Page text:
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Hollywood Looking for Online Marketing Magic

YouTube cozied up to latest “Harry Potter” for interactive campaign.

To promote “Harry Potter and the Half Blood Prince,” Warner Bros and Google invited "Harry Potter" fans to hold up a drawing of a cauldron in front of the computer.

Your webcam scanned the drawing and turned it into a 3-D image that you then used in creating your own video about Harry and his pals. Once uploaded to YouTube, you could have been part of a “Harry Potter” contest.

The innovative campaign — called the “Advanced Potion Making Experience” contest (see it here) — is the latest in a new marketing alliance between Hollywood and Google aimed at the all-important “engagement” of movie fans and online users.

It’s unclear how well the fledgling effort is working, since only 27 people made videos worth considering for the contest, according to Google. Warner’s "Harry Potter" channel on YouTube has attracted 348,000 channel views since its debut in June. (The movie opens on Wednesday.)

However modest by web standards, the initiative is nonetheless the start of what is likely to become a growing marketing effort that combines Hollywood’s creativity with the techical capacity of the web.

“These types of programs allow people, who are for instance interested in ‘Harry Potter,’ to engage with the content in a more meaningful way," said Adam Stewart, Google’s entertainment industry director. "The more engaged you are with the content, the more interested you are in actually seeing the movie and going when it opens.”

In other recent examples of online marketing, YouTube offered a channel for Fox’s “I Love You Beth Cooper.” The movie is about a high school student who professes his love for a fellow classmate, and the YouTube channel invites viewers to share a confession on the site.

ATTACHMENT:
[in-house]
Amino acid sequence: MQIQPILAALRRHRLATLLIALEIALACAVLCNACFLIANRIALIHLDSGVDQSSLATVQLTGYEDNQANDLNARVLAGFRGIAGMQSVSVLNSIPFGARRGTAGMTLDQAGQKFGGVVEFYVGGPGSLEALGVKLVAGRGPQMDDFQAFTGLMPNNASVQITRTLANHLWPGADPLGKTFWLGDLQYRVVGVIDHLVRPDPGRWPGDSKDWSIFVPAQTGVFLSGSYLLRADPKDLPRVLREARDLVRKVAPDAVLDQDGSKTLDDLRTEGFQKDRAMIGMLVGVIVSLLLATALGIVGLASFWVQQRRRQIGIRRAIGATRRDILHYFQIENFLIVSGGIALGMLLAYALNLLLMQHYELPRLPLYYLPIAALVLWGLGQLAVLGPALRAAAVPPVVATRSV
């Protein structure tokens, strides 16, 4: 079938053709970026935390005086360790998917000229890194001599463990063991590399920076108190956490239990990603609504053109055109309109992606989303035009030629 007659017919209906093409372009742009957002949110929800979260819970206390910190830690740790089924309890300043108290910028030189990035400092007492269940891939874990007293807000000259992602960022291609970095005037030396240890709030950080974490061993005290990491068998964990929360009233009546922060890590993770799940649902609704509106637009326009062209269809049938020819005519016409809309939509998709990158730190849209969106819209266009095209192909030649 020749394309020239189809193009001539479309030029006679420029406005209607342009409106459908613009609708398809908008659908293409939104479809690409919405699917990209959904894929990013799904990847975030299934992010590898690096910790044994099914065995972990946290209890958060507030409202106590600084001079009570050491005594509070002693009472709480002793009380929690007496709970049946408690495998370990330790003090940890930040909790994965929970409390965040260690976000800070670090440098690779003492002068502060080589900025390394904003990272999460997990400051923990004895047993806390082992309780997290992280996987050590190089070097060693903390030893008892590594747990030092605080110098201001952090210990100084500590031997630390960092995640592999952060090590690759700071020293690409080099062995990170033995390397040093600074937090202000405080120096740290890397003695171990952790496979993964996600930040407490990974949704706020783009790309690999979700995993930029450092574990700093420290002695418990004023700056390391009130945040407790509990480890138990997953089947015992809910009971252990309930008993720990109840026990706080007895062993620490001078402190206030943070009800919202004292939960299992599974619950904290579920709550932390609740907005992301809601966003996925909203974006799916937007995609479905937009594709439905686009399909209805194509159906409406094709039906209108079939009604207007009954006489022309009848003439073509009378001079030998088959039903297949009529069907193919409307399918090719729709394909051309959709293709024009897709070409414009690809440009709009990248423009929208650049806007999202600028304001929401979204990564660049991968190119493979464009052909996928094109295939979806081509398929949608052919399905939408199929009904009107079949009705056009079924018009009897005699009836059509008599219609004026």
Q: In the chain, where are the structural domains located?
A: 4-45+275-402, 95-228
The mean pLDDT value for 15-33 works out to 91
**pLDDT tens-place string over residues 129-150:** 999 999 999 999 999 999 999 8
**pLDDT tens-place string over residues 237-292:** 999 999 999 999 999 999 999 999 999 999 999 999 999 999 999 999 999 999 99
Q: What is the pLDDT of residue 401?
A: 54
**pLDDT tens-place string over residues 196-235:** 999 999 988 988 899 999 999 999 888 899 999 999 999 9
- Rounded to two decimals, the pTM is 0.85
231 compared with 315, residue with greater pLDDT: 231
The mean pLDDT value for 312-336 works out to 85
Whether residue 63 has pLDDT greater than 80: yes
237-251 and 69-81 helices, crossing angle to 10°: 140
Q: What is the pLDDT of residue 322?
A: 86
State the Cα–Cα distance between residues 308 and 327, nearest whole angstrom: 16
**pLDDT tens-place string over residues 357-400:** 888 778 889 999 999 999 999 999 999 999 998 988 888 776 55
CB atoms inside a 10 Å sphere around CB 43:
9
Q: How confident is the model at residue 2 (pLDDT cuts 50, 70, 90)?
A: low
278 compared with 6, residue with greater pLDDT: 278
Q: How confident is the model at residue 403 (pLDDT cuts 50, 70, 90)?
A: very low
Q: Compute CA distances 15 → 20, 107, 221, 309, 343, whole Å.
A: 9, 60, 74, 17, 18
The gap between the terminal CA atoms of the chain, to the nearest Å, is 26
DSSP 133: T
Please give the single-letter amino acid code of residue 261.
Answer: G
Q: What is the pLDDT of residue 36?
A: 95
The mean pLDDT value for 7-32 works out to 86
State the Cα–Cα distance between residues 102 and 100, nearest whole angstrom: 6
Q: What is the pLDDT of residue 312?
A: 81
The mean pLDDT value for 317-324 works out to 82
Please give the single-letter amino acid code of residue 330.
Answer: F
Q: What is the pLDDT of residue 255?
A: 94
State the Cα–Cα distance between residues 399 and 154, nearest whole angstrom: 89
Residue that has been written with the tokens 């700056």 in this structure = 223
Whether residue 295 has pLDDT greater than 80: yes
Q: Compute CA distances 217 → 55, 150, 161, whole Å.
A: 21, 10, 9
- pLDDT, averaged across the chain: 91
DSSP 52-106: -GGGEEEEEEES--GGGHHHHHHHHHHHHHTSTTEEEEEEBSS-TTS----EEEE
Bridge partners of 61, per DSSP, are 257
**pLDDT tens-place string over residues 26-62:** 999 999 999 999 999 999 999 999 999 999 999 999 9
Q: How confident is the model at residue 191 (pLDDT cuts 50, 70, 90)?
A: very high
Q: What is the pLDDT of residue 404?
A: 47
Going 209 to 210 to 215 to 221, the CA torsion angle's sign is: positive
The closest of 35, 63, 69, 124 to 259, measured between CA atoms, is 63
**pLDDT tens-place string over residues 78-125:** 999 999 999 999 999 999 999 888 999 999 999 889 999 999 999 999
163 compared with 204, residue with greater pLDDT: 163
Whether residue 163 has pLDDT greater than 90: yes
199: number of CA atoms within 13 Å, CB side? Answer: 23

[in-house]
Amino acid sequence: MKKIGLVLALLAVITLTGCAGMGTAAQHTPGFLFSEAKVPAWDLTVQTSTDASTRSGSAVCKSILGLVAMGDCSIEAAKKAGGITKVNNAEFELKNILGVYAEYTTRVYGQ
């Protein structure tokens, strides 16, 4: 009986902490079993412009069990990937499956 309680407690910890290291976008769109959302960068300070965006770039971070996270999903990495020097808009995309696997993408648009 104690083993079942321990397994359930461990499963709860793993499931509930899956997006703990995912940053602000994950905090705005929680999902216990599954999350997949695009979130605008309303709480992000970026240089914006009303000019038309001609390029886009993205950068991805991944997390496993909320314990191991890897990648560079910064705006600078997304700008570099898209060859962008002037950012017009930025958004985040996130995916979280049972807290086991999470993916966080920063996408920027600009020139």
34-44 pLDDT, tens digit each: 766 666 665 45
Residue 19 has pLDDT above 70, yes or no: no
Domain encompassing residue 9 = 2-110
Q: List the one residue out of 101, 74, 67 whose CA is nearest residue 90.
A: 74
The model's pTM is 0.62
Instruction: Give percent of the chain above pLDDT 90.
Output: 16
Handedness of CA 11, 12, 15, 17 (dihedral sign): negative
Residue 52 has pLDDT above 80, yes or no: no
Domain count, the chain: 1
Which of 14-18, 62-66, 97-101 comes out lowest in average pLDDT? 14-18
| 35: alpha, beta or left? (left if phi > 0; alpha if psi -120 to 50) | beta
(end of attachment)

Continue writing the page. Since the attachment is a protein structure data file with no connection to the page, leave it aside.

The rise of “online engagement” ads for movies comes on the backdrop of rising trend toward marketing online overall.

A five-year forecast released last week by Forrester Research predicts continued growth in interactive marketing, a figure that will approach $55 billion and account for 21% of all marketing spend come 2014.

Broken down (left, all figures in millions), the study says annual marketing spend on social media and online video will each exceed $3 billion. Overall display advertising, which includes online video, will total $16.9 billion, and search marketing could hit $31.5 billion. (see full study results)

“TV audiences are distributed across hundreds of channels and people are more distracted," said Shar VanBoskirk, author of the Forrester study. "It is forcing heavy TV advertisers to rethink what they do. The result is that there is a lot of experimentation in the use of interactive channels.”

VanBoskirk noted that these campaigns are far less expensive than traditional advertising. “The tools we are talking about can be 1/10 the cost of a TV campaign,” she said.

Many of these interactive tools have already become a common part of movie marketing, but the way the pie is divided will continue to change.

“Studios are starting to recognize the impact of digital marketing on tracking,” Stewart said.